abdication, catholic, Catholic Church, Holy Spirit, Pope, Pope Benedict XVI, Pope Jonh Paul II, Roman Catholic Church, Rome, Vatican City
Someone once told me: “Keep it safe. Don’t mess with politics and/or religion“. Good advice. But this time I couldn’t help myself.
I, like everyone else woke up yesterday to the weird news of Pope Benedict XVI’s abdication. I find it fascinating how even though there are different creeds all around the world, it was the only thing everyone was talking about regardless of their religion.
This man’s importance and his decisions really do affect and have an effect (good or bad) on the whole world.
Everyone seems to have an opinion about this man’s decision.
This man is admirable. Many would pay to have this man’s guts!
I object those who talk about him in past tense. The guy is not dead. He IS STILL THE POPE. He just gave his notice and it happened to be a matter of world-wide interest.
I object those who criticize his decision. Who are we to even dare question it? It is rather naïve to think that he just woke up, went to his meeting and said “you know guys, I’m sorta tired. So I quit. After feb 28: Adios amigos!” Come on! I’m more than sure that this decision comes from a deep and profound discernment. This decision comes after a lot of praying. I’m sure this admirable man thought of each and every single consequence that this decision might bring. He wouldn’t have dared take this decision if he wasn’t sure that it was inspired by the Holy Spirit. He’s not a nut job or a lazy nothing. This man IS THE POPE.
I object those who are fascinated with the search of abstract and sort of hidden meanings of this decision. People who are obsessed with supernatural happenings, prophecies and urban fantasies. Instead of focusing their thoughts with things that don’t do anything but take away their peace, they should focus in keeping and strengthening their inner peace by praying, meditating, levitating or whatever pops their fancies. People should pray for this man so that he may finish his service without any bumps on the road.
Remember when Pope John Paull II was in the last days of his pontificate? Many believed he didn’t have the physical or mental abilities to keep up the good work in his job. Many criticized de church, instead of praising these man’s unbelievable strength and sense of responsibility, they considered him a blab of flesh that shouldn’t be even coming out in public. (I know it sounds harsh but we must admit that many thought that.)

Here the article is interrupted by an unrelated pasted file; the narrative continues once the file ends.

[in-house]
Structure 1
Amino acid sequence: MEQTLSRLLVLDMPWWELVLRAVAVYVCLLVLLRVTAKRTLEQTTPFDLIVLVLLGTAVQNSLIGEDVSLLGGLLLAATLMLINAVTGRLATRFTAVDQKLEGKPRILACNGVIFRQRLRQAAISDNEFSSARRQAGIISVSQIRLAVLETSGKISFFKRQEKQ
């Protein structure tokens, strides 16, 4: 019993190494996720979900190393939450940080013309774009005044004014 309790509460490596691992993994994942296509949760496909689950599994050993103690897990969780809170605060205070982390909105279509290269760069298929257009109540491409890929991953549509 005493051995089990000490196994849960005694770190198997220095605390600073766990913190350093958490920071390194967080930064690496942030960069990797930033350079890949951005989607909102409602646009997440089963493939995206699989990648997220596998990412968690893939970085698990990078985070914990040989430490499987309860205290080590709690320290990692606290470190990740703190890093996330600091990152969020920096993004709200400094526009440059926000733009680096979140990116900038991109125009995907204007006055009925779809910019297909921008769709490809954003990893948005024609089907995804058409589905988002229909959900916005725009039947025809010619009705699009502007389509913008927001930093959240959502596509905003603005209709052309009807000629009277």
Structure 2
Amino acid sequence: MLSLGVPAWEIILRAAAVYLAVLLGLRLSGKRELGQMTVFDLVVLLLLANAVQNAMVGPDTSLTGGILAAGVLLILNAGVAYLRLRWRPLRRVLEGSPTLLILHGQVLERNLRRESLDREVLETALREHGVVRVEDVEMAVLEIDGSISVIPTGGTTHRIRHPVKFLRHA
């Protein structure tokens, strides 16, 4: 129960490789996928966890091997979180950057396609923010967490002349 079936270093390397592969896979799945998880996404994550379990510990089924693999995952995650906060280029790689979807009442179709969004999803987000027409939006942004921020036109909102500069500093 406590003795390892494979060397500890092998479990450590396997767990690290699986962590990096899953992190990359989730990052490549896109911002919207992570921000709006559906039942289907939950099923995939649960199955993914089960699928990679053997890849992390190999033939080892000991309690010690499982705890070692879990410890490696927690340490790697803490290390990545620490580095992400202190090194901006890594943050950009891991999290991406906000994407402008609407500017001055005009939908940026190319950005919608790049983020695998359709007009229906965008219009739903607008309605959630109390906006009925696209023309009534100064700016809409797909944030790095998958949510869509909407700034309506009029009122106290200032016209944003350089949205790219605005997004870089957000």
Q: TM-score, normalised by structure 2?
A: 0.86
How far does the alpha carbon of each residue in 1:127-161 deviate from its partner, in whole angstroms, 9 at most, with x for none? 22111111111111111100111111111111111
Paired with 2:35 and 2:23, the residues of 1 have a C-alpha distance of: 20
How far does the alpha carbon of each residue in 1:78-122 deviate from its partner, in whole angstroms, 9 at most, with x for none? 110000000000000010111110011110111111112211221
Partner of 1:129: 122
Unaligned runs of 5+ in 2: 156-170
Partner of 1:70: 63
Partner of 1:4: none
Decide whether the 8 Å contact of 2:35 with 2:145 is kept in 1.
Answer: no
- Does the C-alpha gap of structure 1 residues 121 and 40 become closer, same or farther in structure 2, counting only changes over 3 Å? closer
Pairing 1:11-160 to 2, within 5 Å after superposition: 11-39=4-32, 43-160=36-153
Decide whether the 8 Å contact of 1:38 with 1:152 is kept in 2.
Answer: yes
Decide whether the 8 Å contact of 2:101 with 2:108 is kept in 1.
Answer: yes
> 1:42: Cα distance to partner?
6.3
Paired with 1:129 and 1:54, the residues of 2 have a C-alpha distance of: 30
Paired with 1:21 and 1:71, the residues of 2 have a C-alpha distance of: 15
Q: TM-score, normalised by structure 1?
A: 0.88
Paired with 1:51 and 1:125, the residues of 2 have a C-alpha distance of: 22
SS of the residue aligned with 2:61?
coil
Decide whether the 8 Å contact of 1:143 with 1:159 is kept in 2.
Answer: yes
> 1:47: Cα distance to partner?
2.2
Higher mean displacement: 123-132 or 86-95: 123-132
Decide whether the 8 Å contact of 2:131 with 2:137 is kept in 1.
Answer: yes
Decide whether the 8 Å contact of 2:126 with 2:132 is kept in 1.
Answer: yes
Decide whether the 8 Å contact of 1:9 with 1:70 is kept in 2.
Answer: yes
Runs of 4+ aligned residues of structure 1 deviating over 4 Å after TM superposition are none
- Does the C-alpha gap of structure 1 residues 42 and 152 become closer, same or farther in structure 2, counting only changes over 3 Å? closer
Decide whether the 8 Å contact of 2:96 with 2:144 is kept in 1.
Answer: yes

Pope John Paul II set the bar higher for the next Popes. Being a Pope is not only about staying in Rome, writing encyclicals and giving Mass. It requires them to be present to all the followers in the world. If a “simple” thing like travelling is difficult nowadays for a healthy 80+ year old, imagine how much more difficult it is for the Popes. These men don’t travel for leisure, they travel and must fulfill a busy and complicated schedule. They just don’t deal with jet lag, they must also deal with a ton of other symptoms regarding the illnesses they suffer. This makes their work a lot more difficult.
Many have criticized the Holy Mother Church by saying that it should keep up with modern times. Well, now that Pope Benedict XVI has done that by admitting that his job requires not only mental but physical strength and that he won’t be able to make it, why does it cause such a turmoil or chaos? (At least he’s not making a show like the Venezuelan monkey that even in his comatose state doesn’t seem to let go of the impossible.)
I admire Pope Benedict XVI. It was a hell of a difficult decision and he had the courage and serenity to make it. Whatever it is this decision might bring is all up to God. Who are we to be judging these matters? We are only simply mortals that should focus on doing good deeds in the world and preparing ourselves for when our time comes.
Thank you Pope Benedict XVI for teaching us great lessons of Faith in these modern times.
(p.s. If this post makes you want to discuss something, let’s keep it nice and civil. I don’t think that’s much to ask.)